But they need more than this to control the opinions of average Afghan citizens. To spread the claim that they are a new and improved breed of Taliban, they actually need Afghan citizens to have access to the internet and even own smartphones. Of course, they still don’t want someone making a video of them behaving badly, but, unlike the old days, there would be no reason to destroy a disobedient user’s phone. It would be far more practical to seize the phone and look at all the people connected to the misbehaving individual. Don’t be surprised if the Taliban learn how to install spyware or require the population to install certain apps that allow them to monitor individual behavior, after all, the Chinese did this to the Uyghurs and the Chinese are now the Taliban’s new friends.

The Taliban have been known to use the WhatsApp, Messenger, and Telegram apps for what they believe would be safe communications among themselves. However, the problem is that none of these are as safe as the Taliban may think they are. People may wonder how U.S. intelligence agencies knew that ISIS Afghanistan (also know as, ISIS-K) was planning a suicide bombing at Kabul Airport. My guess is that they were part of the Taliban network on all of these apps. Those planning to fight against Taliban rule may have the same problem. The Taliban may have been clever enough to have infiltrated their networks. Demonstrations against the Taliban have been quickly disrupted.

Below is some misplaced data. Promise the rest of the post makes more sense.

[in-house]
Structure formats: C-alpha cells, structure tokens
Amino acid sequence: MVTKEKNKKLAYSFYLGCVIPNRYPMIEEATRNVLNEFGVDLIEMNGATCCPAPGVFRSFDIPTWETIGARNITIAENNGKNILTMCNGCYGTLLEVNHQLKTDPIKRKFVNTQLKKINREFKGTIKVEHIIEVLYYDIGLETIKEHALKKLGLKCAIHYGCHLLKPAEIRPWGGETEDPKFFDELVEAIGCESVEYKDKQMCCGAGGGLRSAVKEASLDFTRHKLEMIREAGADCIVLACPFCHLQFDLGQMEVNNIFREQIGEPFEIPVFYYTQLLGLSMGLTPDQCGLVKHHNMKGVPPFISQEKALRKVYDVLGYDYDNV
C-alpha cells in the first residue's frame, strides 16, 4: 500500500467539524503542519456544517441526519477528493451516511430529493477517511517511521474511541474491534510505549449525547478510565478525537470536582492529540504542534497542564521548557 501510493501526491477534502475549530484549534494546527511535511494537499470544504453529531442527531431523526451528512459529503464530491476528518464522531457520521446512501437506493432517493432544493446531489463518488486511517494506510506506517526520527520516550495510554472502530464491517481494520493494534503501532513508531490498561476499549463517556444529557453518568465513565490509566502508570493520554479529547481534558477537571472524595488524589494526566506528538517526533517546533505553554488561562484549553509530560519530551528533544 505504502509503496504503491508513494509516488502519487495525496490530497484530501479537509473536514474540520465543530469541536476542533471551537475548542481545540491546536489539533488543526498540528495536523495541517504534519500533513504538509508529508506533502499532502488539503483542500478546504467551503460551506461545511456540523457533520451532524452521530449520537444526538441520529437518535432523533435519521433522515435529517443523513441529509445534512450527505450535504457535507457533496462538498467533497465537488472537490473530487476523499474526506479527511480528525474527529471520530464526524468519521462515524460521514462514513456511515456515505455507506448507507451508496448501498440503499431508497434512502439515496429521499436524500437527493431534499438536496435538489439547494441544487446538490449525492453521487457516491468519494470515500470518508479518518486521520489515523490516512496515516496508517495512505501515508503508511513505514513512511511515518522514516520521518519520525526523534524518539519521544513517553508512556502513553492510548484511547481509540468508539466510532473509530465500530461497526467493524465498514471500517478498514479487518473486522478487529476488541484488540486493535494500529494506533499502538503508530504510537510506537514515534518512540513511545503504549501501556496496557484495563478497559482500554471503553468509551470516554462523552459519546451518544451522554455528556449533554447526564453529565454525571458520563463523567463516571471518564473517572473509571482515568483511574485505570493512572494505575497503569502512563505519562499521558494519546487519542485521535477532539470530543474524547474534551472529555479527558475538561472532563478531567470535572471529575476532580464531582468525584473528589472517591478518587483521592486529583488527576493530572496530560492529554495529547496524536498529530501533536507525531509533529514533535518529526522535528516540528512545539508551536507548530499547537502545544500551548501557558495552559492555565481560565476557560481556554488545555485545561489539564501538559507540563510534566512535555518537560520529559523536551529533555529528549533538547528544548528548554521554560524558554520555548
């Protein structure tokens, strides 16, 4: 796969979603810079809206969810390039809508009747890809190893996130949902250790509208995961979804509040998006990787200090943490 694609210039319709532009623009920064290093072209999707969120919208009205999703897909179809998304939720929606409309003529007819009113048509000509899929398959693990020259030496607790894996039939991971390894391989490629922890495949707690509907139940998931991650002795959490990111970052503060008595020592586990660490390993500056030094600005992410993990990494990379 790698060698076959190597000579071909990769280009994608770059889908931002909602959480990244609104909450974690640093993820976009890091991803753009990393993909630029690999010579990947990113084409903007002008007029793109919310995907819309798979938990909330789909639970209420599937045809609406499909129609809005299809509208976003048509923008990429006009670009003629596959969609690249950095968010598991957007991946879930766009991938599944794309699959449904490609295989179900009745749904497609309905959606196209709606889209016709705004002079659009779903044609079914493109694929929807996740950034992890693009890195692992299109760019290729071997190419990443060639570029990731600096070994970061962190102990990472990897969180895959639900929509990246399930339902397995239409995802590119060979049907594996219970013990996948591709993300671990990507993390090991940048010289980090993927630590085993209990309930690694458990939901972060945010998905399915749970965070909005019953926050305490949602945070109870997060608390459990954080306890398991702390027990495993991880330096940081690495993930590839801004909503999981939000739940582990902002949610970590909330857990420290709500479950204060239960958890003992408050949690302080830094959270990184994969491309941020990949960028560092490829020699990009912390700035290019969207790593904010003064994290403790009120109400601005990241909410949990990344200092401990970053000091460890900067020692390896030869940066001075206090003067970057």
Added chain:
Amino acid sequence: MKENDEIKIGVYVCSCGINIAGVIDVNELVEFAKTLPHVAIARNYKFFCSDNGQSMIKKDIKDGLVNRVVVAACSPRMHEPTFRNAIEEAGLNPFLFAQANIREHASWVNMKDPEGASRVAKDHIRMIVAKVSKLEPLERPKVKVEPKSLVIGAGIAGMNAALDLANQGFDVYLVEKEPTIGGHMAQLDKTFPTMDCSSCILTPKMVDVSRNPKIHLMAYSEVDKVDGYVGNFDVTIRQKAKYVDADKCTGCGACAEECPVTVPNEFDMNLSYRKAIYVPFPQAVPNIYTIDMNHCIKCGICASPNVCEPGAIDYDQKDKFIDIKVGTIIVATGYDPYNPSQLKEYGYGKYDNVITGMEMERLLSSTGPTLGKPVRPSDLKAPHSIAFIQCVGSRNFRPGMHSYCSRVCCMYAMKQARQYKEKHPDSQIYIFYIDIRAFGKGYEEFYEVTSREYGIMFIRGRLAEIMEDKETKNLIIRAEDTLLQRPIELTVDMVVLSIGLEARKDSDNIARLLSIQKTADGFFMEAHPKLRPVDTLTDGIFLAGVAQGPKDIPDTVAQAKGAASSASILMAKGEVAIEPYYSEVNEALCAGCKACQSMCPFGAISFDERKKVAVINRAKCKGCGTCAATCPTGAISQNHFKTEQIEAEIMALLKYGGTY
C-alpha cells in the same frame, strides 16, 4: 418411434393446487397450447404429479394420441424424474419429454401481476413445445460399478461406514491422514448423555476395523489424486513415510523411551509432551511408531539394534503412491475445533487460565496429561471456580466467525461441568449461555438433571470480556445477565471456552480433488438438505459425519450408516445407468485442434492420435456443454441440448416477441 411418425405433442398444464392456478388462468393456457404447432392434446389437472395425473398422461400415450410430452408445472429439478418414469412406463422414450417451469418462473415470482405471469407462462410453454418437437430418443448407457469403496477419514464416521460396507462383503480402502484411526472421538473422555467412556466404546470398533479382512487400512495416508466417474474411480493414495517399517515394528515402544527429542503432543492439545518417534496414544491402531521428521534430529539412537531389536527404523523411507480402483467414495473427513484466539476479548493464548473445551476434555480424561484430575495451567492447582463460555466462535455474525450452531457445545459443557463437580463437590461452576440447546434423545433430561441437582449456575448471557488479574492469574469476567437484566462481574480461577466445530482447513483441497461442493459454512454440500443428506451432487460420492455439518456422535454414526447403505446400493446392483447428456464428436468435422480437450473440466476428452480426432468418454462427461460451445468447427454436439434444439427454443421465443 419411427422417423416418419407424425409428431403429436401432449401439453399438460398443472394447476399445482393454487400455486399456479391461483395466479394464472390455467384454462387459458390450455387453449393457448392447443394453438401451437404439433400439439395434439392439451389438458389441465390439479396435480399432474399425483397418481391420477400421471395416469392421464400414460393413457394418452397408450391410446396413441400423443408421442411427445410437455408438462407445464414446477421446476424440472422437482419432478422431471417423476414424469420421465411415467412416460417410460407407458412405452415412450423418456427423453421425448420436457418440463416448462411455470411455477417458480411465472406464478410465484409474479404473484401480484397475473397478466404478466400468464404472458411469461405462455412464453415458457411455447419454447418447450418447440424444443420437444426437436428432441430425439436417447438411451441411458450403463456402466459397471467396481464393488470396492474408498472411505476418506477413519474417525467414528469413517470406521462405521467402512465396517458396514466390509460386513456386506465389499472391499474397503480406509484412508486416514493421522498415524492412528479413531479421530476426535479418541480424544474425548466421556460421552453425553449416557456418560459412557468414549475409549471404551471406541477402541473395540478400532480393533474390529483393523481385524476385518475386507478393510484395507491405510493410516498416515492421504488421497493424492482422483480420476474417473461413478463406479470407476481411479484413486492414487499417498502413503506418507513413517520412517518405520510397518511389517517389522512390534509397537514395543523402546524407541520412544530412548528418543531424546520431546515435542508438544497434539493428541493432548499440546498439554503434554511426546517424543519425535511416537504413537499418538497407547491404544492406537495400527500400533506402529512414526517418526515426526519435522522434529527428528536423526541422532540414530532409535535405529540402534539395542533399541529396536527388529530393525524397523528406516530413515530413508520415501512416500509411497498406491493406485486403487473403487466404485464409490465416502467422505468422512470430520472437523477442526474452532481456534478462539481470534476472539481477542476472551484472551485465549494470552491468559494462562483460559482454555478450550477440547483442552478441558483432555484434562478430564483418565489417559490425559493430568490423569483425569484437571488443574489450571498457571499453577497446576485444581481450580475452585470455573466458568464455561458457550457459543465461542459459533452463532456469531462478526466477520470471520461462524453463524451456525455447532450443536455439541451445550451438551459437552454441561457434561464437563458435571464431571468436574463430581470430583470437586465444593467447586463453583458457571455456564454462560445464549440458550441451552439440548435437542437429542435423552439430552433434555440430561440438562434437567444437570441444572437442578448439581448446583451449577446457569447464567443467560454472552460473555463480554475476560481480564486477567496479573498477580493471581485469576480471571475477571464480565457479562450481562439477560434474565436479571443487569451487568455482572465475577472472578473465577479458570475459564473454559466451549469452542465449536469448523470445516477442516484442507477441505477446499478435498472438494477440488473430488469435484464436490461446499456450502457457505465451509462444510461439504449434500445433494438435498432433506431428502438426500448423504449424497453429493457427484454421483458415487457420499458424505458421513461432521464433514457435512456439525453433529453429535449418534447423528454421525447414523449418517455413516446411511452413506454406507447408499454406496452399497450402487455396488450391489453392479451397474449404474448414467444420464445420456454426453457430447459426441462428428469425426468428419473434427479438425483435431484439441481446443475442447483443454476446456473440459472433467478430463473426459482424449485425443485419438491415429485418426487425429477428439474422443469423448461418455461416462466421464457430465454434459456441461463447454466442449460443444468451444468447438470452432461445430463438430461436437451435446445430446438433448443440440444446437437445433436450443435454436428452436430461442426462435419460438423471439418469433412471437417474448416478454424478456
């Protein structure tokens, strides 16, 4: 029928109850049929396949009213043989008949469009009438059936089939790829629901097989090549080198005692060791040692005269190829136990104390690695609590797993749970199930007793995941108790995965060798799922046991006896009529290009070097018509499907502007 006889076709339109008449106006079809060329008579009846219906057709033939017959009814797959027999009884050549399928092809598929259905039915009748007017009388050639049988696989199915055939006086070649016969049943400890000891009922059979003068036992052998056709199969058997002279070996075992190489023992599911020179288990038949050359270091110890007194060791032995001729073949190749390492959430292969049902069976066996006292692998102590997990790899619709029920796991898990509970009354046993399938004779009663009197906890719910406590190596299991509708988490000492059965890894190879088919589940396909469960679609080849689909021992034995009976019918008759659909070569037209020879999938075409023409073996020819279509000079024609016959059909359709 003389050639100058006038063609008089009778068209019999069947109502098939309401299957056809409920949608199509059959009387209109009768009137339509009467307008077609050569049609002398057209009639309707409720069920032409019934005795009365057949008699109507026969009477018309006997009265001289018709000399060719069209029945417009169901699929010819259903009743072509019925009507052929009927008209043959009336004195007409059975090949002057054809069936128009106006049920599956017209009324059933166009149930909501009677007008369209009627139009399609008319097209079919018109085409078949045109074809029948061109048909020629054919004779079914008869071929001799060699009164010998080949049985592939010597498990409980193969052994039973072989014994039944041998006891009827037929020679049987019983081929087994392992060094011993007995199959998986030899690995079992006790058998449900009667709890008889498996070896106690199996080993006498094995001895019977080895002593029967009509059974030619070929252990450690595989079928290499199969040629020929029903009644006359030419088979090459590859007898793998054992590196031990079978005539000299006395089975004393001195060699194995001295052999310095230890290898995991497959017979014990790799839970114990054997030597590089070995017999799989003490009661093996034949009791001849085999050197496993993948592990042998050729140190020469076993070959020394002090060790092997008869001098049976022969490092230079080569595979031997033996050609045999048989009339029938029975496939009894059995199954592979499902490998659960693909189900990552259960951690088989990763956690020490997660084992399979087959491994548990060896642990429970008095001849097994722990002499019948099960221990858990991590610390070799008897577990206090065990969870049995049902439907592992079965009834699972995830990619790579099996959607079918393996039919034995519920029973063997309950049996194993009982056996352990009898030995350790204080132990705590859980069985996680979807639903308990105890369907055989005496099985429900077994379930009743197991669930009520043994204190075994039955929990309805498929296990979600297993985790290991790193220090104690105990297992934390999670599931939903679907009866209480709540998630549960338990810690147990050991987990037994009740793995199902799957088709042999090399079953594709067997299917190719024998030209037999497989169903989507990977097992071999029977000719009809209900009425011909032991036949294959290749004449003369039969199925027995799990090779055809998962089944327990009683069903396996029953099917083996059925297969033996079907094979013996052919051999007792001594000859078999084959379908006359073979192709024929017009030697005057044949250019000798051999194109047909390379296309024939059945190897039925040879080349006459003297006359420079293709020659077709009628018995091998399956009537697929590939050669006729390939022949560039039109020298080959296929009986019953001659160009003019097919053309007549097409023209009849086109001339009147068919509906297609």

The Taliban’s greatest challenge may actually come from anti-Taliban fighters located just north of Kabul in Panjshir.

The Taliban quickly learned of this resistance and, purportedly, sent hundreds of their men into the Panjshir Valley. They used YouTube videos as an attempt to intimidate the fighters there, just as they did in the past. The videos showed long lines of vehicles filled with enthusiastic Taliban fighters heading to the valley and victory. There are some reports that these are stock videos that have nothing to do with Taliban movements towards Panjshir. In any event, the attack didn’t work out the way the Taliban hoped it would as they are said to have lost dozens of men in an ambush when they entered the valley. Ahamad Massoud, the leader of the anti-Taliban fighters, claims to only want to negotiate a peace treaty which will allow the resistance to work with the Taliban in governing Afghanistan.